The New York City-born and raised Arioli says he has always seen animation as not separate from filmmaking in general. “I think animation is filmmaking at its most powerful and least constrained. My filmmaker heroes are Steven Spielberg, Brad Bird, Robert Altman, Stanley Kubrick, Hayao Miyazaki, Sofia Coppola… I could go on for a while. Outside of film, Bill Watterson and his incomparable Calvin and Hobbes is a big influence.” He also names World of Tomorrow, The House of s a freelance production designer and concept artist, Robin Joseph’s clients have included major studios such as Pixar, Illumination, DreamWorks, Blue Sky and Sony. But the Indian-born artist, who calls Toronto his home these days, always wanted to try his hand at directing his own animated short. That’s how the beautifully animated project Fox and the Whale was born.
Joseph used his personal savings to finance the short, which Small Cubes, Fresh Guacamole, Akira, The Incredibles, Spirited Away and Ratatouille as some of his favorite animated shorts and features.
Now that he’s got a big festival contender under his belt, what does he love most about making an animated short? “I really enjoyed the challenge of telling a complete story within the constraint of five minutes and no dialogue,” he responds.
Arioli and his team used Maya, RenderMan, and Nuke to cre- ate the animation. “A key piece was working with Nimble Collective, who provided the pipeline, allowing us to collaborate as a team of independent artists,” he says. “It took us two years to make this five-minute film…That’s OK. I’m OK with that. Everything is fine…Oh God! What have I done?” he jokes. “This is my first film as I’m a computer scientist by training, so I had to learn a lot on the fly. Luckily, I had a fantastic crew, but there was a good deal of imposter syndrome!” his personal field recordings. “Tim was also generous enough to walk me through picking studio monitors within my budget and also offering advice. He had a busy schedule, but he always left room for me to give him a quick ring. I really couldn’t have finished the film without Tim. I really, really got lucky!”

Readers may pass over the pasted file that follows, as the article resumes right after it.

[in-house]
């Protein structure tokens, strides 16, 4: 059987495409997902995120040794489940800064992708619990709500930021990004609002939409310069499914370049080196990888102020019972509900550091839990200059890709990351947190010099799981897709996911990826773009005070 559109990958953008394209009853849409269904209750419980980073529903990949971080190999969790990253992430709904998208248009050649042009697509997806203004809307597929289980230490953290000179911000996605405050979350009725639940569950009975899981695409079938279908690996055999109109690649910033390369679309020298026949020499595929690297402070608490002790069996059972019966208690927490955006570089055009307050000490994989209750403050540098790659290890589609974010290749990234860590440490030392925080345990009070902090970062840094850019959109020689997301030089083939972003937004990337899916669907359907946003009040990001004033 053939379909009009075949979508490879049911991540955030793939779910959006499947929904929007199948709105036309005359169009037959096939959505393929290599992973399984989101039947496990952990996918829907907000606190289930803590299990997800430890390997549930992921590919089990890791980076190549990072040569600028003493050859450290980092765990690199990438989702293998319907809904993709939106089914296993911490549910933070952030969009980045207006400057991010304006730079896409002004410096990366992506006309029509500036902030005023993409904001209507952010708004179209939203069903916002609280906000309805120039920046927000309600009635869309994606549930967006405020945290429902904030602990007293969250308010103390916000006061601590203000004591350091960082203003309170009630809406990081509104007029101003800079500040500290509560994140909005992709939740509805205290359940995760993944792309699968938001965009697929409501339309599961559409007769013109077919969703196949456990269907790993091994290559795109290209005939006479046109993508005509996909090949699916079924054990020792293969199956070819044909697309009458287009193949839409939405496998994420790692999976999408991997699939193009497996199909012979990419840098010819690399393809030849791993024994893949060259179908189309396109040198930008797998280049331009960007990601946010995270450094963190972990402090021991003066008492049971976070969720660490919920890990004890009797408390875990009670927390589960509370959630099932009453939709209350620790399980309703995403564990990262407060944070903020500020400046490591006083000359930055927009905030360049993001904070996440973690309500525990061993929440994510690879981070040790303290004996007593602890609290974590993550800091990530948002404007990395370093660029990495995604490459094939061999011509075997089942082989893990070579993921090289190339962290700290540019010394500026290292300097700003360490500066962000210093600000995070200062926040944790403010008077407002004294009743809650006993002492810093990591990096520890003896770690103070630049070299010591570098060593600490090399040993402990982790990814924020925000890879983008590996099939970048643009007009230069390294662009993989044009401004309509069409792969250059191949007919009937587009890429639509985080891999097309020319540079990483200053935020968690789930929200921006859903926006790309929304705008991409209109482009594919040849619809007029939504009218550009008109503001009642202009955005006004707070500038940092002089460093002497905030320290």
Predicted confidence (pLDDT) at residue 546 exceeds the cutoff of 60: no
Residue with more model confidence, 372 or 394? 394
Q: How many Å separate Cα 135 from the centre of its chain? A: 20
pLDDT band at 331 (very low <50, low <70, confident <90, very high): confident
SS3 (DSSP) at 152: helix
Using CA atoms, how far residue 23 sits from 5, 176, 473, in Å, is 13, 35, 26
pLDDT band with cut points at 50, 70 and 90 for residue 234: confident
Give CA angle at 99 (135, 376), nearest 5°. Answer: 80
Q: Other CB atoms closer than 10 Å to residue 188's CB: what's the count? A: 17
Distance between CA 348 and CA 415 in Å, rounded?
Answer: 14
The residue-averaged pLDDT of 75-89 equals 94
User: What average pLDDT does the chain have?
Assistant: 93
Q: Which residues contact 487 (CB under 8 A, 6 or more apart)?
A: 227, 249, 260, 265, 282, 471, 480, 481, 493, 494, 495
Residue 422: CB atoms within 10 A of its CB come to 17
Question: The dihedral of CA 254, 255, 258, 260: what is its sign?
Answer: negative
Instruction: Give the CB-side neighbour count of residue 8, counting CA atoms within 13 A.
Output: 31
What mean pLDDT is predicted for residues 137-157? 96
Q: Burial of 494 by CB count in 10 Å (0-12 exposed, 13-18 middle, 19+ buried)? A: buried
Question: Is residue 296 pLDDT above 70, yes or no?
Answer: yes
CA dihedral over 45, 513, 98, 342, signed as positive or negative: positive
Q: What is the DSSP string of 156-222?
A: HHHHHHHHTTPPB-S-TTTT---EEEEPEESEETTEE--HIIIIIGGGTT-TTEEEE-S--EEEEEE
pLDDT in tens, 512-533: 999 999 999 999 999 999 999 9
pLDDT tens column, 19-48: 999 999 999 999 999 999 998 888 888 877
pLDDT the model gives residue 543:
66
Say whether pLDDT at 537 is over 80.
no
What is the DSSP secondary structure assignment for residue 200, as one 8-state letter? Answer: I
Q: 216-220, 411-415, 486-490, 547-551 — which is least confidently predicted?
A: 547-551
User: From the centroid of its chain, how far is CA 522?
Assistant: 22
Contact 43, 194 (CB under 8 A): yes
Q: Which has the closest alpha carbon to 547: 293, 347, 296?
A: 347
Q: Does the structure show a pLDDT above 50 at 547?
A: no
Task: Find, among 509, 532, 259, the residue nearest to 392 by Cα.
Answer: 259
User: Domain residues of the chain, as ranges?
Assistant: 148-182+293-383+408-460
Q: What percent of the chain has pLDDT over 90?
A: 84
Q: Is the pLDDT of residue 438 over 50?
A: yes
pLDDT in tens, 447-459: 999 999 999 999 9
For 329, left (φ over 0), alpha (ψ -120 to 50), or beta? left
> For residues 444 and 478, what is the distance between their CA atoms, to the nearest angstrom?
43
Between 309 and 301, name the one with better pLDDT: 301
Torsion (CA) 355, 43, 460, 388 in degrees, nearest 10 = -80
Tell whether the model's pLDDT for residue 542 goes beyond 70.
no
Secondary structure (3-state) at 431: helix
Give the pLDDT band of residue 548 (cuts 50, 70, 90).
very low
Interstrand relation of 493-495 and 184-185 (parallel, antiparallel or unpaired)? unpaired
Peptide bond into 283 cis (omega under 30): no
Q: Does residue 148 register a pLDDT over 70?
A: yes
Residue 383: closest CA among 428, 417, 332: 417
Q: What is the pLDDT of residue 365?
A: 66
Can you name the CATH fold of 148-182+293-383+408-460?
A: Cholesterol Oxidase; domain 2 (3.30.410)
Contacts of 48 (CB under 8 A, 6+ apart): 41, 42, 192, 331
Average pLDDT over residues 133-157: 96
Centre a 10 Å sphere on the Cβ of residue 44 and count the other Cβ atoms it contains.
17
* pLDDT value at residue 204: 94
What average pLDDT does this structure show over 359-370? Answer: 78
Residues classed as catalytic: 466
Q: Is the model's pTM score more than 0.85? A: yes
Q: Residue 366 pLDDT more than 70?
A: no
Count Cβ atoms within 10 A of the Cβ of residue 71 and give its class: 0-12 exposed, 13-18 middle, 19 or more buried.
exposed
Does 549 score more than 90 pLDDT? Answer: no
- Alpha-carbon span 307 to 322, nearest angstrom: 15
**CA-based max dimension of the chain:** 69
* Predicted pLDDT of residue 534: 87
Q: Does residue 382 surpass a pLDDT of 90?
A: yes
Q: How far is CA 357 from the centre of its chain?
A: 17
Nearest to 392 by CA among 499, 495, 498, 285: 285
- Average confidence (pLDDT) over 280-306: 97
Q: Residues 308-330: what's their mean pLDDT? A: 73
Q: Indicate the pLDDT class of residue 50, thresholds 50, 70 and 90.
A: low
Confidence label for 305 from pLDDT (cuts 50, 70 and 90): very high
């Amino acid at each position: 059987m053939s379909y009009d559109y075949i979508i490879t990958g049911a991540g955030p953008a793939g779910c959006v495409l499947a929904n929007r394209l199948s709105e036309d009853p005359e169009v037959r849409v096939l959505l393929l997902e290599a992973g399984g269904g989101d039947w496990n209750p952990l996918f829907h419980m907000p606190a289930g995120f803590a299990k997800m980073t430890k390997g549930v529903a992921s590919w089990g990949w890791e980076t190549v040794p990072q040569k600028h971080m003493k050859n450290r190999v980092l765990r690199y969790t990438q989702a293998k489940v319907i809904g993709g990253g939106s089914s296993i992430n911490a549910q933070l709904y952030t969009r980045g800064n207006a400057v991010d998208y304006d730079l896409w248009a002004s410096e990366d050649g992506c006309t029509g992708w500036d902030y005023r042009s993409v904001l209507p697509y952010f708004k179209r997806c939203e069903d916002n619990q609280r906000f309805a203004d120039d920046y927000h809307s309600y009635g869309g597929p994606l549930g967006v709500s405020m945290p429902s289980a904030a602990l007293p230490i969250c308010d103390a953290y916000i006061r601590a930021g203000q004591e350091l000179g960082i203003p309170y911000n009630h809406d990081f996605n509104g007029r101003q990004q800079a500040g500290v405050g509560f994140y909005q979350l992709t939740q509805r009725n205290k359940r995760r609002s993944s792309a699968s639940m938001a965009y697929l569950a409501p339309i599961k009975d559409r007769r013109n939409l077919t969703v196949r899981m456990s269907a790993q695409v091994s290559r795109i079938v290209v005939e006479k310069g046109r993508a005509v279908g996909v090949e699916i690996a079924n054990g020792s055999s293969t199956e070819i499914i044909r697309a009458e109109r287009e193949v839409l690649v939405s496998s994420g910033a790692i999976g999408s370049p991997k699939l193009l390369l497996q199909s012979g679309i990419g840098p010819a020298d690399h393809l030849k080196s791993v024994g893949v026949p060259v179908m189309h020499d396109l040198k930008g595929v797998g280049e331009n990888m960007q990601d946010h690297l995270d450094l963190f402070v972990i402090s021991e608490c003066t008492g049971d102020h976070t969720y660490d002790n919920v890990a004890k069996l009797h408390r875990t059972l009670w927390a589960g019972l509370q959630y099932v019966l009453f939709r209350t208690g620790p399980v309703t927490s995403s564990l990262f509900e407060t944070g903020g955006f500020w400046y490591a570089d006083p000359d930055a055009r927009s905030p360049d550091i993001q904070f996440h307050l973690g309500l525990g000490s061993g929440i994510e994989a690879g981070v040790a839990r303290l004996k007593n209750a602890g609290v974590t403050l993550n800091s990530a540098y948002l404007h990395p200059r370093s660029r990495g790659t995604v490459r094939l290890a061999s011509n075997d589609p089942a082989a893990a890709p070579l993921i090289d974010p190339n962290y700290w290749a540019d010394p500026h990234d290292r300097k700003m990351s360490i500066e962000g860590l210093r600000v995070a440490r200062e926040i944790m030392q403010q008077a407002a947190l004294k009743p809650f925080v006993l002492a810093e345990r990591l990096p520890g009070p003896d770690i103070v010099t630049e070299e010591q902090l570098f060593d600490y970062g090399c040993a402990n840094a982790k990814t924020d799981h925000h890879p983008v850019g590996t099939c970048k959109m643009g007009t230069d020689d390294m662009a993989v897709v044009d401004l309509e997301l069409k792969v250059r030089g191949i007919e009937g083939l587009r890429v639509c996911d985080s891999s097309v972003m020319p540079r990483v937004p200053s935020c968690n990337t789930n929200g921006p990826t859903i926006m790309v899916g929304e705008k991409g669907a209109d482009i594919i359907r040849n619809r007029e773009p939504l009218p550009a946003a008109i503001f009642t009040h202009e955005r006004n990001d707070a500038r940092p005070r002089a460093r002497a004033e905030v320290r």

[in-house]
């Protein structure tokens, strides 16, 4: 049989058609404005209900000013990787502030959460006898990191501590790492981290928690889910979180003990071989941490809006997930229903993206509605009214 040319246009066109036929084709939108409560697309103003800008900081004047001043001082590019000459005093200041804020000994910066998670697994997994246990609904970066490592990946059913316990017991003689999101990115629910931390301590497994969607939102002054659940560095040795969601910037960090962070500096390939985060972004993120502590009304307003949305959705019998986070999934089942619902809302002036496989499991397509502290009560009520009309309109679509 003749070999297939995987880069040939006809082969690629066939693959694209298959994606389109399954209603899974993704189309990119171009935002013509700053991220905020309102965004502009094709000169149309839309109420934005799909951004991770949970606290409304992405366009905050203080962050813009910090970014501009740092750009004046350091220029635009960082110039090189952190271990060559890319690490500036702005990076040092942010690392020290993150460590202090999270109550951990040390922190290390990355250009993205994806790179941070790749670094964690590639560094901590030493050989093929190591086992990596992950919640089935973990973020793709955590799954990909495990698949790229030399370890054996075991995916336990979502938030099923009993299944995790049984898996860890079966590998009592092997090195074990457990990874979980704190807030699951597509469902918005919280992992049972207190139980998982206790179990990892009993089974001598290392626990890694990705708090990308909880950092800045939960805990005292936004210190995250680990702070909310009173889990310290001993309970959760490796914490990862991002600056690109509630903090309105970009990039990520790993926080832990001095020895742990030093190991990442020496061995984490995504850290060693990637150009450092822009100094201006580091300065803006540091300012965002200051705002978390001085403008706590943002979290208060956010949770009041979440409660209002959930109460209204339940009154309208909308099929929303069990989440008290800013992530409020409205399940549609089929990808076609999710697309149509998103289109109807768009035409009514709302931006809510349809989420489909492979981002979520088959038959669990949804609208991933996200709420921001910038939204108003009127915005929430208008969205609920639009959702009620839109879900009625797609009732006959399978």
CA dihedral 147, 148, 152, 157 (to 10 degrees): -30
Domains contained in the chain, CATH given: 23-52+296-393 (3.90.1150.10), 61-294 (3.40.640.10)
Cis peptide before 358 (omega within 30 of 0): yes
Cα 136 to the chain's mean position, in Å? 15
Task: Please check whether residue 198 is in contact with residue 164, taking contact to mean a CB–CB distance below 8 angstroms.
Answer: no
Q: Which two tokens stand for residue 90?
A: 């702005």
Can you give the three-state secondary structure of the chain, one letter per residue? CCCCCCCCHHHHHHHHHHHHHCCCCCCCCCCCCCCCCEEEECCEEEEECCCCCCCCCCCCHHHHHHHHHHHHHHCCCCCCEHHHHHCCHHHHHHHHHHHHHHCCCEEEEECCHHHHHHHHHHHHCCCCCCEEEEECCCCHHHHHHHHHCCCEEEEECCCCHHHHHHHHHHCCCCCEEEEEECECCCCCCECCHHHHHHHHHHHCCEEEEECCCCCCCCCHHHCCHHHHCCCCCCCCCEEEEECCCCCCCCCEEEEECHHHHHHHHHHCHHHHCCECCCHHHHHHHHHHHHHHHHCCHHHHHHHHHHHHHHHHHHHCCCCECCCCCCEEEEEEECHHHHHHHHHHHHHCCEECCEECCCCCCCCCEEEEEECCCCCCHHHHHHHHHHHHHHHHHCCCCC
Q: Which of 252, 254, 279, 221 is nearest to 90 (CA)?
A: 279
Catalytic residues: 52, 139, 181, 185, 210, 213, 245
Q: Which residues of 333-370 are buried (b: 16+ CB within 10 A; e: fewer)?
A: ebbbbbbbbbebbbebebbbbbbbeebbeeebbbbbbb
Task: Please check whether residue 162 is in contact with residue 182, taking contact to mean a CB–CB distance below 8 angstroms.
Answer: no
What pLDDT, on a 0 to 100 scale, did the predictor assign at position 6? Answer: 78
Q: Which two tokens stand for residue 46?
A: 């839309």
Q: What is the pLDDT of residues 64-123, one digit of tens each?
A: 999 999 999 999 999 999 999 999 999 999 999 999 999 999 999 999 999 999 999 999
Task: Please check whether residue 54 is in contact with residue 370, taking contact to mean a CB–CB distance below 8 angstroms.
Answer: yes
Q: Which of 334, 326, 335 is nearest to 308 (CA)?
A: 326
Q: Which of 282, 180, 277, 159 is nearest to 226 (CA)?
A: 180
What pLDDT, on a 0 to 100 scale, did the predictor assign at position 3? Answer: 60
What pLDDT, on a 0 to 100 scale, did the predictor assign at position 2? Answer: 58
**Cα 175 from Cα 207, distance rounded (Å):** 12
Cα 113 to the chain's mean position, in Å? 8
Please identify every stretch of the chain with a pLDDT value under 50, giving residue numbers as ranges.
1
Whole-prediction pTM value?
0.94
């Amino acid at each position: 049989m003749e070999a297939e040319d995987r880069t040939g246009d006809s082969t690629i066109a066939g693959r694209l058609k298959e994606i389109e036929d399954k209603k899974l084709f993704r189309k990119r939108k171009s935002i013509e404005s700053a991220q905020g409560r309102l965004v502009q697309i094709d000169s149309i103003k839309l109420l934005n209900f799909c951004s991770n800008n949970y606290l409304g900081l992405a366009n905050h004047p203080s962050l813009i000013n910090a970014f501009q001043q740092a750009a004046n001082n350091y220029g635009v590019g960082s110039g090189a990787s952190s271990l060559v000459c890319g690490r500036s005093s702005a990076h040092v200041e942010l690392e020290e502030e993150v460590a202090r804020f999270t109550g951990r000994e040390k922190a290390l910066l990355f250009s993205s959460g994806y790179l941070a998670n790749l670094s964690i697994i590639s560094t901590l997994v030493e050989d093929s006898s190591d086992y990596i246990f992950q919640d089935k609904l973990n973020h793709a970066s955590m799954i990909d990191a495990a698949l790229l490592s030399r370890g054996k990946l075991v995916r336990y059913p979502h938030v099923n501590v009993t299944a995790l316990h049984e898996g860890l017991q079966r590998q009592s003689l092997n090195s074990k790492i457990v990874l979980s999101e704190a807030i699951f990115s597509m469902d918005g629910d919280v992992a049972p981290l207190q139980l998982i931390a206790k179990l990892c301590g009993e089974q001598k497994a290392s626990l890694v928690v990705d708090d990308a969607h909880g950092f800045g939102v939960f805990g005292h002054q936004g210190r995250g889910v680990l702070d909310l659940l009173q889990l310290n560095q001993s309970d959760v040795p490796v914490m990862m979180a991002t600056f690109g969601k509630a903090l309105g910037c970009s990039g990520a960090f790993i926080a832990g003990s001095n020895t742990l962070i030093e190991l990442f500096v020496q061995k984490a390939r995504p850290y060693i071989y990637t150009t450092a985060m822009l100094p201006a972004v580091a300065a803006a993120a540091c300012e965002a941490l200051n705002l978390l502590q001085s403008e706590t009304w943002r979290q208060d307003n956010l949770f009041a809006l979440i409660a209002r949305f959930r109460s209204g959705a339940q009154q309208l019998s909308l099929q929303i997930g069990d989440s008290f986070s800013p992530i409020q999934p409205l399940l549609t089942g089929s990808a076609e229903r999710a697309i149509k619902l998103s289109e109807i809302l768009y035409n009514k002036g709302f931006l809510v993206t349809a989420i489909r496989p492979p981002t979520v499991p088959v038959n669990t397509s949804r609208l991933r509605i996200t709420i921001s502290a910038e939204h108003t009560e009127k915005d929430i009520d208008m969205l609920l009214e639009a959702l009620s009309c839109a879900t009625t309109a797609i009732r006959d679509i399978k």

Joseph and his partner Kim Leow worked together for 16 months to realize his vision. “All the CG character animation, modeling and rigging was done by my partner Kim, using Maya,” notes Joseph. “I did the rest using Adobe CC. Storyboards, backgrounds and 2D animation was done in Photoshop. VFX and compositing was done with After Effects. The editing was done in Premiere, and foley and sound design was done using Audition.”
Citing Michael Dudok de Wit’s Father and Daughter and Yuri Norstein’s Hedgehog in the Fog as two of his favorite shorts, Joseph says the inspiration for his own project was the pursuit of curiosity. “A lot of it came from being a big fan of exploration and science, especially space exploration. The ambitions at the fringes of it often seem one step beyond reach. The fact that we still try instills a sense of awe and wonder. At the other end is an idea of failure, or at least what is perceived as failure. It’s a fragile state of mind at times, but to me it holds such optimism.”
Looking back, the director says the learning curve the project provided was a highlight of the experience. The other was the working relationship with Leow. “Being a couple and working together can be tricky,” he admits. “It can be a very fine line. If all goes well, after a point there is a shorthand that develops…and when that happens, it’s really, really great!”
This year’s Best Animated Feature contest may be different from previous years because new Academy voting rules have changed to enlarge the voter pool to all 7,000 Academy voters. (Before, only the 200 members of the shorts and animation branch were allowed to vote.) Nomination for this category, like the Best Picture Oscar, will be preferential instead of